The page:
Kumamoto was not a very famous city before April 2016, when it became sadly famous for the strong earthquake that caused many victims, damage and the disastrous ruin of Kumamoto Castle, one of the most beautiful and largest in Japan. This terrible misfortune, however, was in a sense a positive note for Kumamoto, who became known to the whole world thanks to his cute mascot Kumamon, the tender black bear with red cheeks.
Kuma in Japanese means Bear, but the funny thing is that Kyushu, the island where Kumamoto is located, is the only island of “continental” Japan where no bears live!
Kumamoto is a very nice city to visit, rich in historical places (belongs to Miyamoto Musashi, the famous ronin, or the revolt of Saigo Takamori) and natural spot (like the numerous spa resorts) and the caldera of Mount Aso.
Last winter, I had the opportunity to visit Kumamoto twice, first on the promotional video shot with Heartland Japan and then during my #KyushuDiscovery.
Kumamoto is a convenient city, cheaper than other Japanese cities, with great food and a very widespread and efficient network of buses and trams. Ah yes, the trams. It is not so common to find them still here in Japan, in Tokyo there is only one for example!
Kyushu is a very different area from Honsu (the main island on which are located Tokyo, Kyoto and major tourist cities). It is much more rural, less hectic and public transport doesn’t reach all the places, especially after the earthquake that has also caused the collapse of several roads and bridges, whose restoration works are still ongoing because there is no urgency (and wealth) like in the main island. I think that tourism is the best way to help the reconstruction, in particular of the Castle of Kumamoto that will take about twenty years to be completed, so I invite you to visit Kumamoto, maybe during the Rugby World Cup 2019, which will dispute here some matches of the competition.
What to see in Kumamoto
Kumamoto is an excellent starting point to visit the surroundings, however I suggest to spend a couple of days in the city itself. After the heartquake, the major attraction, the Castle of Kumamoto, is not open to the public but in the city you can find many other points of interest. The best way to get around is use the buses: go up from the upper door, pick up the ticket with the stop number and when you get off you pay the corresponding amount visible on the screen next to the driver.
Kumamoto Castle was considered one of the largest and most beautiful castles in Japan. Built in 1607 by Kato Kyomasa, it was considered impregnable, thanks to its careful construction and its particular walls.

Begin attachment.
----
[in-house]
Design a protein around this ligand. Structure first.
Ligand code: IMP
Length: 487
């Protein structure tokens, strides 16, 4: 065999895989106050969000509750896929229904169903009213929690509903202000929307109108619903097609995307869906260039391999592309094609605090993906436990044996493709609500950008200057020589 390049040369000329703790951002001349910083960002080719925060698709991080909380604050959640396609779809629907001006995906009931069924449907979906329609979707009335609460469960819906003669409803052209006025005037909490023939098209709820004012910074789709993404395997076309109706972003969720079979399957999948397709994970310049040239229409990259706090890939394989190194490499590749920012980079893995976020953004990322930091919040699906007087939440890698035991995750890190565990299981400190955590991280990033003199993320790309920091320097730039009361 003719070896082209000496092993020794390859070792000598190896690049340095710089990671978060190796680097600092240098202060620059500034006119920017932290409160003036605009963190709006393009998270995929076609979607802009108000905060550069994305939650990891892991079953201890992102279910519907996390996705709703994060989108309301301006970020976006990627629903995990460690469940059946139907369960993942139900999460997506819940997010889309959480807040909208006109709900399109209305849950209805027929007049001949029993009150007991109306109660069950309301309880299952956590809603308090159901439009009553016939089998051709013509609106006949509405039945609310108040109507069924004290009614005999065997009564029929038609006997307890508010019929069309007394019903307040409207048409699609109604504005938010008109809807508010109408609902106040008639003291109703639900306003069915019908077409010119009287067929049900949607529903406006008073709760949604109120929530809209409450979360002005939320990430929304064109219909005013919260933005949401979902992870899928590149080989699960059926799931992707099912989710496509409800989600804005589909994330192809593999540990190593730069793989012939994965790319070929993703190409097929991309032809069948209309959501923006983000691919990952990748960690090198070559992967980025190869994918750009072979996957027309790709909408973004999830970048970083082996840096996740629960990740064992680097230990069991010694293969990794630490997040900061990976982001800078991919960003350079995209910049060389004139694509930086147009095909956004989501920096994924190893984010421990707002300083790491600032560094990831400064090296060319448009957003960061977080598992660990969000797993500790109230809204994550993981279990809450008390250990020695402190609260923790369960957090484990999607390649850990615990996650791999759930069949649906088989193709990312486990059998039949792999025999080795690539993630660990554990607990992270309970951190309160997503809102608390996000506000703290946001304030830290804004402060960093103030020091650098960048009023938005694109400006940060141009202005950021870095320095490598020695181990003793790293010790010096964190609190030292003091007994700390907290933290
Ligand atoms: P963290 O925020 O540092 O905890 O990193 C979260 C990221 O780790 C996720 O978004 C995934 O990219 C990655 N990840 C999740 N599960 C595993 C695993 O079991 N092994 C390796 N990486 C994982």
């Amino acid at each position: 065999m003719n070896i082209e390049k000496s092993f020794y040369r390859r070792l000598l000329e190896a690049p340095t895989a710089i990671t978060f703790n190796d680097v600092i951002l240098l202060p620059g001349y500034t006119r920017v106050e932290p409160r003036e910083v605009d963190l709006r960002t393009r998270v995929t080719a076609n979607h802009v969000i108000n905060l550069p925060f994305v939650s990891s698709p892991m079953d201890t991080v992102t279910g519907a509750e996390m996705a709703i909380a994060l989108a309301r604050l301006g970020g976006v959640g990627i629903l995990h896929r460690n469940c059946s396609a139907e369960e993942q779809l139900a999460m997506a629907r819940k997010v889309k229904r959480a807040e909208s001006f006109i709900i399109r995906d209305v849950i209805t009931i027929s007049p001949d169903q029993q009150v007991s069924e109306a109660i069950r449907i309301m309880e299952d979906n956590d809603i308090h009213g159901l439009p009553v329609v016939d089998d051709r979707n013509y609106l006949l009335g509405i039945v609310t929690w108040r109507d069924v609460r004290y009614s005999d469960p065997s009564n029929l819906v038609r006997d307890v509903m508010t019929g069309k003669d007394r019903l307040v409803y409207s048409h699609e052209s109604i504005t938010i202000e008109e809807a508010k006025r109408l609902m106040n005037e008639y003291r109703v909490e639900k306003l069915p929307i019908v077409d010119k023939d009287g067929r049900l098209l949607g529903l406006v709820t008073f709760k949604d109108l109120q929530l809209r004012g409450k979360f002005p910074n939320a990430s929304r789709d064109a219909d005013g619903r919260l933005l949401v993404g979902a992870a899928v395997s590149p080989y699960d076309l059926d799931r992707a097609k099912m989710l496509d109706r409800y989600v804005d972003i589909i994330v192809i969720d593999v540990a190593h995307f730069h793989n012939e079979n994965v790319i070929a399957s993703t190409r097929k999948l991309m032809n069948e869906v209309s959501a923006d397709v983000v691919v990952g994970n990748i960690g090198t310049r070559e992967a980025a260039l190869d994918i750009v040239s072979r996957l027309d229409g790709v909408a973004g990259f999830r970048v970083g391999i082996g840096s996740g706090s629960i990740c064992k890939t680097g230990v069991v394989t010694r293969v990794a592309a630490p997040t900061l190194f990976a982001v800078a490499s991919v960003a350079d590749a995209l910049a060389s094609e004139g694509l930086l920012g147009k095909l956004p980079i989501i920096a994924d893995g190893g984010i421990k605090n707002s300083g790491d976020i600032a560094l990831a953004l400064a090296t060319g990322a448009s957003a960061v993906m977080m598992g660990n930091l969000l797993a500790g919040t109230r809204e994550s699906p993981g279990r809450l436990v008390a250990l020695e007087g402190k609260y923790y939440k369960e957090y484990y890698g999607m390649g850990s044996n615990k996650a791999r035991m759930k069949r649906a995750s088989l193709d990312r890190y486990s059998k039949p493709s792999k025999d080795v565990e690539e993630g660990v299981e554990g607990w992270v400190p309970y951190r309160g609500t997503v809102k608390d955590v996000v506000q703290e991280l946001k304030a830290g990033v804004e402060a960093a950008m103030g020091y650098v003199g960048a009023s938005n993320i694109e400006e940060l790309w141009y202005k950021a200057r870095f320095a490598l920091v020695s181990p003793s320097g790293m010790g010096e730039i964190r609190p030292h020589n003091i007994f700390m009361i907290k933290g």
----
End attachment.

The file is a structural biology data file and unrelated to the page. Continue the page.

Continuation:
In this huge castle, Miyamoto Musashi, the famous ronin who spent his old age in these areas, also found hospitality.
The castle was heavily damaged by the earthquake of 2016 (it was not in any case the original structure) and the whole area inside the walls isn’t accessible. It is says that the reconstruction will take about twenty years.
However, it is possible to follow the walk that surrounds the walls, from where some of the internal towers are visible, but above all we can see a part of the destruction that the earthquake caused. The explanatory panels also show photographs of the “before” and see with their own eyes this disaster really makes the heart clench.
To get an overall view of the castle area, I recommend going up to the top floor of the Municipal Office, from whose observatory you can see the inner park of the castle and the work in progress. There is also an explanatory display on the castle’s reconstruction process.
Near the Castle of Kumamoto, in addition to some temples, there is also Sakura no Baba Josaien, a commercial area that recalls the atmosphere of a small town of the Edo period. It is worth visiting the WakuWaku Za Museum which, besides explaining with funny games and interactivity history of the Castle and the life of Japan in the Edo period, shows a video with images of the Castle before the earthquake and immediately after the disaster, showing the interiors and the damages suffered.
Price: 300yen adults – 100yen elementary and middle school students
Hours: 08.30 – 18.30 every day
This beautiful garden is listed among the most beautiful gardens in Japan and represents the 53 stations of the Tokaido, the famous road that during the Edo period connected the Capital Edo (Tokyo) and Kyoto, that all the feudal lords had to travel at least twice in a year. It was built in 1636 by the third of the Hosokawa as a tea house and its garden. In 1878 the Shinto temple and the stage for the Noh theater were added, where still today in autumn and spring it is possible to attend performances.